Reading Time: < 1 minute Video powerfully contrasts US government rhetoric about “the people” in other countries and their right to peacefully protest, and the crackdown on similar protest at home.
Reading Time: 3 minutes The common refrain that no unknown domestic plots exist, because “someone would have talked” and we would know about them…is plain wrong. People do talk—and suffer the consequences. So there aren’t many of them.
Reading Time: < 1 minute VIDEO. This talk by Dr. William F. Pepper, a friend to Martin Luther King who became James Earl Ray’s final attorney, is long, but well worth sitting through. Pepper powerfully and chillingly presents history and facts few of us know about—and forces us to rethink the explanation of King’s death which the establishment insists on perpetuating.
Reading Time: 5 minutes Two big stories in Oakland, California, on a single day. In one, the Obama administration is doing something about nothing. In another, it is doing nothing about a very big something. Bang!
Reading Time: 7 minutes HR 347 is either a reasonable effort to protect the president or it’s an effort to sack the constitution. Or maybe it’s neither. Whatever it is, it deserves further study.
Reading Time: < 1 minute Beauty is truly in the eye of the beholder. This film-in-production gives us a whole new appreciation of diversity in our society, and of what we ourselves are made of.
Reading Time: 4 minutes Twitter’s new censorship policy has, conveniently for the company, been announced and taken effect with little hubbub. But we have some more questions about it—and what impact it will have (indeed may already be having) on freedom and democracy everywhere.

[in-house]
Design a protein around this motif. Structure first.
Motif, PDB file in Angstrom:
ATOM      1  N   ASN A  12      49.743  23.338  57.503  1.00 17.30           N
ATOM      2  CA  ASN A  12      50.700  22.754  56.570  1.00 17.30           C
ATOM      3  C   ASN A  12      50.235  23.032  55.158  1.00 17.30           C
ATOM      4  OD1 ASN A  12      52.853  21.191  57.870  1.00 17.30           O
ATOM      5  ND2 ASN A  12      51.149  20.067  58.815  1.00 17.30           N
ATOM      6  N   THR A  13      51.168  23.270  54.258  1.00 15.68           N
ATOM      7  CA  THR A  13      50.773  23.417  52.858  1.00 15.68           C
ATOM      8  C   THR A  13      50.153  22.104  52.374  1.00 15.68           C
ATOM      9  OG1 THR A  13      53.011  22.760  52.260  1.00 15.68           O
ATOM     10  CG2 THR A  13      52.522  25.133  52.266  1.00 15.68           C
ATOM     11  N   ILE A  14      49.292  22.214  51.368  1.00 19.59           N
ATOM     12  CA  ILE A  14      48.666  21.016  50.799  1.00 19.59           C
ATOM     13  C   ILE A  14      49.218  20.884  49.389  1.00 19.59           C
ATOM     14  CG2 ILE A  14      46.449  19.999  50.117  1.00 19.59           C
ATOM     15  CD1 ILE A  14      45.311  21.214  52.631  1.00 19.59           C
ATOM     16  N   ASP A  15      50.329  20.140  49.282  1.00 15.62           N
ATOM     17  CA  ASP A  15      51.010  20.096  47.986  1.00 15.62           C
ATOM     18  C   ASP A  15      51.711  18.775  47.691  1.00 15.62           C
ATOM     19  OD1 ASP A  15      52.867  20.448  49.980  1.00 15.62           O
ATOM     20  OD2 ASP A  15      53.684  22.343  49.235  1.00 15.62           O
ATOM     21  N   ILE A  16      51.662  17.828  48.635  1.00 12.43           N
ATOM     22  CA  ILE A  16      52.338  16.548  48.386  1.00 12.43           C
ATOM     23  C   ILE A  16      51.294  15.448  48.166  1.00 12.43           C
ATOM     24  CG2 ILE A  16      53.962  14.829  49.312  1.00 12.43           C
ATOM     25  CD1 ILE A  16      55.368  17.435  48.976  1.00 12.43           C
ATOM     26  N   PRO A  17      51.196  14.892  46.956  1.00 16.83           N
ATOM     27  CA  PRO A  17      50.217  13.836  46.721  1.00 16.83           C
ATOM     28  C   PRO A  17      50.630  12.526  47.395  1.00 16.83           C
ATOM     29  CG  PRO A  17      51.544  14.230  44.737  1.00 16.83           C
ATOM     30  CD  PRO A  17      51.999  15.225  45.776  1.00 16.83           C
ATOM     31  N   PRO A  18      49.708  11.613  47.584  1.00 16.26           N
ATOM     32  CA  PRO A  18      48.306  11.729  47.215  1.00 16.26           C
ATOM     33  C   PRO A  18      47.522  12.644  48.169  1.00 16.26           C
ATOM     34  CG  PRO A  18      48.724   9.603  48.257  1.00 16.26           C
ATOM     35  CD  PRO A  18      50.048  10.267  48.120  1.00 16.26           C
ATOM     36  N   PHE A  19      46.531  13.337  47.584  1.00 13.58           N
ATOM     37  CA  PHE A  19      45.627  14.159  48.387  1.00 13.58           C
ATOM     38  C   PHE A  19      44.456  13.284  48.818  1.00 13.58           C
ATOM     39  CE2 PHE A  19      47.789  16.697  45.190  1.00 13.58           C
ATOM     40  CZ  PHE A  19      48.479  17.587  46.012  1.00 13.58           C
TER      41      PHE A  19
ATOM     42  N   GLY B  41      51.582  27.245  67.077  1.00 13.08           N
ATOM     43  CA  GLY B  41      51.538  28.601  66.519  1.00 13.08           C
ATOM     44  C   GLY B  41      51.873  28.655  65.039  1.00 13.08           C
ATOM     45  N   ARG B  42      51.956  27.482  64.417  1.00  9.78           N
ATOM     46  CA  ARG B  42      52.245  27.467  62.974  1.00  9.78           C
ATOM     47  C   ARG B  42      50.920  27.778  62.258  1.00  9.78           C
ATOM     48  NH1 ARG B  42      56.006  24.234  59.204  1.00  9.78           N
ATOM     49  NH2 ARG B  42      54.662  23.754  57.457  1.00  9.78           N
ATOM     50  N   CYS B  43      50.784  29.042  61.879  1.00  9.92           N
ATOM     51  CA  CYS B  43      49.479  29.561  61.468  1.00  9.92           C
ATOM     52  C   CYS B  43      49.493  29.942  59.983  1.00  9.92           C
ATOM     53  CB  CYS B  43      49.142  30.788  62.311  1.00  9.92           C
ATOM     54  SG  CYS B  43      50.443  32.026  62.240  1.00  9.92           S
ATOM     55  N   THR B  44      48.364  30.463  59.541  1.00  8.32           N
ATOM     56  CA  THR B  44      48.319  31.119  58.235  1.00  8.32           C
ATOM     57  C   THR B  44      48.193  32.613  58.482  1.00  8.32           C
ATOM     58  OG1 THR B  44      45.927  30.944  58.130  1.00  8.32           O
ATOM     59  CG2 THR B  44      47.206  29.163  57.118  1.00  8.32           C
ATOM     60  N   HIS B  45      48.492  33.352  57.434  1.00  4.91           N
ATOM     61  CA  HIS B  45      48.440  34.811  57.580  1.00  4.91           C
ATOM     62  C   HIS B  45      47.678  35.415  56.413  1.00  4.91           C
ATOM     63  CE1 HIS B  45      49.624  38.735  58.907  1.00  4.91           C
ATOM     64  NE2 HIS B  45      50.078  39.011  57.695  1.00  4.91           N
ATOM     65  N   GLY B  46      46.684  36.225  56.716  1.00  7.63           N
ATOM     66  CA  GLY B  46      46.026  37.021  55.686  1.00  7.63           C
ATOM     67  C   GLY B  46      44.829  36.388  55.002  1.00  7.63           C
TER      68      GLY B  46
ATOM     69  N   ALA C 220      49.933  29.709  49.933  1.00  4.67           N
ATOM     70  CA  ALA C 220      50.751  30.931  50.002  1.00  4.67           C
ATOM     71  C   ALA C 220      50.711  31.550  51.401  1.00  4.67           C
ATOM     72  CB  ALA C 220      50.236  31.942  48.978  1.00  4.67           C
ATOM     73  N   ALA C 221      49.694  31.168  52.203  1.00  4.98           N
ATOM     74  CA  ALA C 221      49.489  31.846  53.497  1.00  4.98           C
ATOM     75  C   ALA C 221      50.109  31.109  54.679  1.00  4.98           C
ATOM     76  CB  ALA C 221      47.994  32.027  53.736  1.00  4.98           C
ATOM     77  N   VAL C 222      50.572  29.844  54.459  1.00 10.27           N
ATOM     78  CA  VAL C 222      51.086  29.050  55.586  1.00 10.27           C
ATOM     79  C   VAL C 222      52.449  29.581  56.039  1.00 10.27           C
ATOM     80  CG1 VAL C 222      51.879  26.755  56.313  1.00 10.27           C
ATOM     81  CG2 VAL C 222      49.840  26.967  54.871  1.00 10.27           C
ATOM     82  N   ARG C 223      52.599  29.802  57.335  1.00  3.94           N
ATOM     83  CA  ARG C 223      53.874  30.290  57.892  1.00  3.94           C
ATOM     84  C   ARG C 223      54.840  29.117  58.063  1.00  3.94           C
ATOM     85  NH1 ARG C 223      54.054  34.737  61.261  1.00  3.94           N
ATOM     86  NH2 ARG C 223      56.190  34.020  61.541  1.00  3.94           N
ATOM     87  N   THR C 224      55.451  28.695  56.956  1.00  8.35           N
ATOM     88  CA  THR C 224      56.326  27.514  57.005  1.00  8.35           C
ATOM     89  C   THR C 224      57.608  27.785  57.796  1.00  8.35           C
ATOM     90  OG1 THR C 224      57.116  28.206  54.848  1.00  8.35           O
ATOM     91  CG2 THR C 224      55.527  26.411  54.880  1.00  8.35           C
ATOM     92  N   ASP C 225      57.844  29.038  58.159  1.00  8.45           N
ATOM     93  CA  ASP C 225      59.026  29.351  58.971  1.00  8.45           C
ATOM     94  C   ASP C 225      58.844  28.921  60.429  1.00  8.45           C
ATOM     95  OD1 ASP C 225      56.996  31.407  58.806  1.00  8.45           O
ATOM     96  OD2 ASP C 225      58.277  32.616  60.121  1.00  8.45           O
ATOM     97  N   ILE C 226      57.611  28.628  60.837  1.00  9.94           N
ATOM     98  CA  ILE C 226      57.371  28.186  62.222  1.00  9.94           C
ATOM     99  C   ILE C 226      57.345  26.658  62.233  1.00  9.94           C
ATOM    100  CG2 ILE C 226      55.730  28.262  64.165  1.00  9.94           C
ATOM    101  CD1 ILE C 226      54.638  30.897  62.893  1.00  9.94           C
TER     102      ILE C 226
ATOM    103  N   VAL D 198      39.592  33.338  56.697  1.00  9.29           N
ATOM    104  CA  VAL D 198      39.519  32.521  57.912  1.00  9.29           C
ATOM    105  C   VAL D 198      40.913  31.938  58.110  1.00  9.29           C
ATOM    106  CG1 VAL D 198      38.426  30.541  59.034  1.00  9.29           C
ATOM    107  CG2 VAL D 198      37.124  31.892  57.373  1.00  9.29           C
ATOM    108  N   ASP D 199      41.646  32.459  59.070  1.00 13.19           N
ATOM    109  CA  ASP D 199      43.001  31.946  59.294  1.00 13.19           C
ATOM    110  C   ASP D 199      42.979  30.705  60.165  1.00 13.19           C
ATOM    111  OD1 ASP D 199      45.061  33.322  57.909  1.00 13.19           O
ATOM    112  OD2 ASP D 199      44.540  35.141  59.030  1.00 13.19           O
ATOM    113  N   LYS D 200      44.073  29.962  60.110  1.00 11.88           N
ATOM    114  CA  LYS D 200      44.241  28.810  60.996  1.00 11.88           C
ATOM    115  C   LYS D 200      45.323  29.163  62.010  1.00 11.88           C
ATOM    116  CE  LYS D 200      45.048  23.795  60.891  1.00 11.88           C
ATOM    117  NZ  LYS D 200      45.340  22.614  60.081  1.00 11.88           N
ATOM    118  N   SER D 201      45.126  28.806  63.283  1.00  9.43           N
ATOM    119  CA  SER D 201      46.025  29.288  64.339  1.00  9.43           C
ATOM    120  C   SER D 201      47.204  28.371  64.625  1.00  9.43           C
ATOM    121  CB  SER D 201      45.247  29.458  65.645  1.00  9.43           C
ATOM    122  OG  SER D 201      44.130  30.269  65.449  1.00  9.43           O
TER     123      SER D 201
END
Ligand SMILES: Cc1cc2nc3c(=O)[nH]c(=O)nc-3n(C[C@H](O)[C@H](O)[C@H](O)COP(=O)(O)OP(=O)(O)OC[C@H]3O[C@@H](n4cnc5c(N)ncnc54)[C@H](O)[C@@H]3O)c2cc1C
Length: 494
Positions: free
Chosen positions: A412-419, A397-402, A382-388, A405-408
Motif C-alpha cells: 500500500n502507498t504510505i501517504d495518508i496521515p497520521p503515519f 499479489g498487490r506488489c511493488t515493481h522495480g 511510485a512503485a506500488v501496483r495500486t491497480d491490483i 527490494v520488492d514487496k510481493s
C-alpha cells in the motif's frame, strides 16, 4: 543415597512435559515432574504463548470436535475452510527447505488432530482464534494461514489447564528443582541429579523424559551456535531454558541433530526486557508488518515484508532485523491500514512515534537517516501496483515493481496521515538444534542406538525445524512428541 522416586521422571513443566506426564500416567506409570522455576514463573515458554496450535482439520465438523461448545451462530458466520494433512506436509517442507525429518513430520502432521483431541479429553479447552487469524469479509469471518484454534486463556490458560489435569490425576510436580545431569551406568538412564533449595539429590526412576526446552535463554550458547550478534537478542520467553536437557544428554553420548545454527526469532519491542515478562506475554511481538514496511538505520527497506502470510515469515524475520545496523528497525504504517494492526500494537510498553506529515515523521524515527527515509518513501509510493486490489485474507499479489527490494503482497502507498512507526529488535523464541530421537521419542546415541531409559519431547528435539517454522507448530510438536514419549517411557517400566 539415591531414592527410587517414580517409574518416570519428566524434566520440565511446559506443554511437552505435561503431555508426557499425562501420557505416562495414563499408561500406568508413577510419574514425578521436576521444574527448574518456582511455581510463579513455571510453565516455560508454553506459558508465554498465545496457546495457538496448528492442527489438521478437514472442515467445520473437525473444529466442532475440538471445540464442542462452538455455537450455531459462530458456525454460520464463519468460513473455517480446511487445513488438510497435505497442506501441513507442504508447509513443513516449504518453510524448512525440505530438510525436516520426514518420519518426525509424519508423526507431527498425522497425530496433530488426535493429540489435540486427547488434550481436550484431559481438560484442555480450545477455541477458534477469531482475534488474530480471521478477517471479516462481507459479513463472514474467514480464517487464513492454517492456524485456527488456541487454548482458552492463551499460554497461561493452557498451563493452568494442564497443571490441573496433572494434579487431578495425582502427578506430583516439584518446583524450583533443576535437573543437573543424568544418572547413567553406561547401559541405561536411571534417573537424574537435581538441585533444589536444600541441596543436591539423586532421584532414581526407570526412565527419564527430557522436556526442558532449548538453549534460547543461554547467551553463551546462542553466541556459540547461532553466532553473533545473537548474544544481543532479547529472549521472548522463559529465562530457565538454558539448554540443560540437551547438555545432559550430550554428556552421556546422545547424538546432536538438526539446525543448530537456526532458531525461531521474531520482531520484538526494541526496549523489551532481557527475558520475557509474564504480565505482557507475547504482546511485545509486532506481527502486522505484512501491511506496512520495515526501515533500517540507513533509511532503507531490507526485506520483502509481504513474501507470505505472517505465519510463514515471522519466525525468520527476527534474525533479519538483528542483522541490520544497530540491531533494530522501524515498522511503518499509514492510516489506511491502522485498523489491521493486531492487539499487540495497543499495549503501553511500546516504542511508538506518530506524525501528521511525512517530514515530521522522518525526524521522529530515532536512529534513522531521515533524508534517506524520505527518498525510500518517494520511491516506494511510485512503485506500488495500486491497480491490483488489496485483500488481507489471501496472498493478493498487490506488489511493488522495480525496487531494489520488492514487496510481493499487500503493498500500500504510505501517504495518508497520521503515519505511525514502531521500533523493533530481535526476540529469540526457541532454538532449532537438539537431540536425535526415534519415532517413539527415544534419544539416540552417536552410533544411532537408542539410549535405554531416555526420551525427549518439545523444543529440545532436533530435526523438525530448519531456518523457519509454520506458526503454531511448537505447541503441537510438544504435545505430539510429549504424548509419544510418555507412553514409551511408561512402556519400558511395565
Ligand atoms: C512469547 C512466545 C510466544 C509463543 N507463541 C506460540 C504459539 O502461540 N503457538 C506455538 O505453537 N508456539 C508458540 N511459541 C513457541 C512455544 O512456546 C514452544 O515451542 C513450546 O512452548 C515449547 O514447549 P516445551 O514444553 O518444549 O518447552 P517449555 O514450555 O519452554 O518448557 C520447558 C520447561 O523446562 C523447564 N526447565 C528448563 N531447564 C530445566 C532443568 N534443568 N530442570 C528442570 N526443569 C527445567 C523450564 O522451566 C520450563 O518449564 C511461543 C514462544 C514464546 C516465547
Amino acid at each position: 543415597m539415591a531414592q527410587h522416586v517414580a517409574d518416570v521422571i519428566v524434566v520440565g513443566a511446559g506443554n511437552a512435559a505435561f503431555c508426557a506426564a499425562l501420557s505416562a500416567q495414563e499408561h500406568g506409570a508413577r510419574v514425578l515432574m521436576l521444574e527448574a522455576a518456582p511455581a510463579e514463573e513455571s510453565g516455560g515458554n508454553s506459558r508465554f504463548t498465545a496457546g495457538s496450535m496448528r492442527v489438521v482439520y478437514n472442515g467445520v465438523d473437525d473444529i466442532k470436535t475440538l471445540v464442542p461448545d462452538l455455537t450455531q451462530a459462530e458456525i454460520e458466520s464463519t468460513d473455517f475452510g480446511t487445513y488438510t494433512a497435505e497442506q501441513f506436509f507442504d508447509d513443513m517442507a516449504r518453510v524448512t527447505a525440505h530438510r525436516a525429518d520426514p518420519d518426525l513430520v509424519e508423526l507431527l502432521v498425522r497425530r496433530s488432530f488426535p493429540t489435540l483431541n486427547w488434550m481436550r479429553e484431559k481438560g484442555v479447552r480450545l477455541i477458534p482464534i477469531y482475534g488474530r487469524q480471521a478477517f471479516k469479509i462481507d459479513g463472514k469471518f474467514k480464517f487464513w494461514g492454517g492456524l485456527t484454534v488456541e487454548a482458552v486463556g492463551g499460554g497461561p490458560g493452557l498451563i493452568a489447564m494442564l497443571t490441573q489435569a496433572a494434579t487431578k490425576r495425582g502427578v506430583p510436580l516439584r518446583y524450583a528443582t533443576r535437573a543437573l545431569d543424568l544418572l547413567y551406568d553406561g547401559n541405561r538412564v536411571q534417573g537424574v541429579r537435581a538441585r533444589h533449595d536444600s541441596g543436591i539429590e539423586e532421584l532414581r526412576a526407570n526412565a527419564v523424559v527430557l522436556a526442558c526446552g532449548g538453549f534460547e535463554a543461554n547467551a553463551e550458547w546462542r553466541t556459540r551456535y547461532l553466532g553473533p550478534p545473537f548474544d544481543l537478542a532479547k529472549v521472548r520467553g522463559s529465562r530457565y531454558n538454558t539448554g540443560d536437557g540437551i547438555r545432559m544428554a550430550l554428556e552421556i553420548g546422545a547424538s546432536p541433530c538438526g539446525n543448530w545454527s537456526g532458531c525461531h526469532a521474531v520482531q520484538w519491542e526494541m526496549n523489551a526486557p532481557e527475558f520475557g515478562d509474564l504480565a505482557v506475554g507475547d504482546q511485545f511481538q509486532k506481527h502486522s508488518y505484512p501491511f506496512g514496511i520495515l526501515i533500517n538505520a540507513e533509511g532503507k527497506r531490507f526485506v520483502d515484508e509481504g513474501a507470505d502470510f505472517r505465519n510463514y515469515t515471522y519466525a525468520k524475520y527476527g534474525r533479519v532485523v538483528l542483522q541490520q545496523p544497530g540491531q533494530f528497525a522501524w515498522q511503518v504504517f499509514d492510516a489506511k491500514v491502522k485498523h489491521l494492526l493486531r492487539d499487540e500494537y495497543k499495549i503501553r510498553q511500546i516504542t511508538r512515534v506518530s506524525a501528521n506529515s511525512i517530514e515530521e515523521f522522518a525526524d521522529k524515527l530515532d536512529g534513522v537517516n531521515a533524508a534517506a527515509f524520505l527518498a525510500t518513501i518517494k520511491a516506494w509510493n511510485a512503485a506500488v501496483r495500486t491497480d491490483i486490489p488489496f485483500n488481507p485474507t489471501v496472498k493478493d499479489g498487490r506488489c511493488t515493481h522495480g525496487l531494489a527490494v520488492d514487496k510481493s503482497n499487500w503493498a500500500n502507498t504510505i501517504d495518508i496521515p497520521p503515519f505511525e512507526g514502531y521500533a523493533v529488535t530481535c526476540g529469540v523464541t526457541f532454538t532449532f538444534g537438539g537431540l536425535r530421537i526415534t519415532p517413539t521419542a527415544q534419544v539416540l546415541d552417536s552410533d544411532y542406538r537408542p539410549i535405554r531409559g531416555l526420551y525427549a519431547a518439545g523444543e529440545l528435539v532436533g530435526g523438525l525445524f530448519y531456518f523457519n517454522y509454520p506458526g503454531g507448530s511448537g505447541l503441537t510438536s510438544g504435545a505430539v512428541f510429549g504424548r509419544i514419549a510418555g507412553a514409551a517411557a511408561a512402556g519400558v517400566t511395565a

Reading Time: 5 minutes Recently, Twitter announced it would restrict tweets in countries where the government declares the tweets illegal. That troubling announcement was treated by the American media as a blip. But is it a blip? Or is it a crisis for freedom everywhere? And did a huge investment in Twitter by a Saudi prince have anything to do with the move?
Reading Time: 3 minutes It’s possible to get Congress to spin on a dime—but only a corporate dime. An alliance between tech companies and activists seems to have scared off, at least temporarily, a threat of ‘net censorship. But how do we get elected officials to do the right thing when corporate entities aren’t on the public side?
Reading Time: < 1 minute So those wacky “Occupy” folks don’t have a clear picture of what they want? So they’re just a bunch of people who enjoy protesting? Watch this—from little Ole Occupy Santa Fe.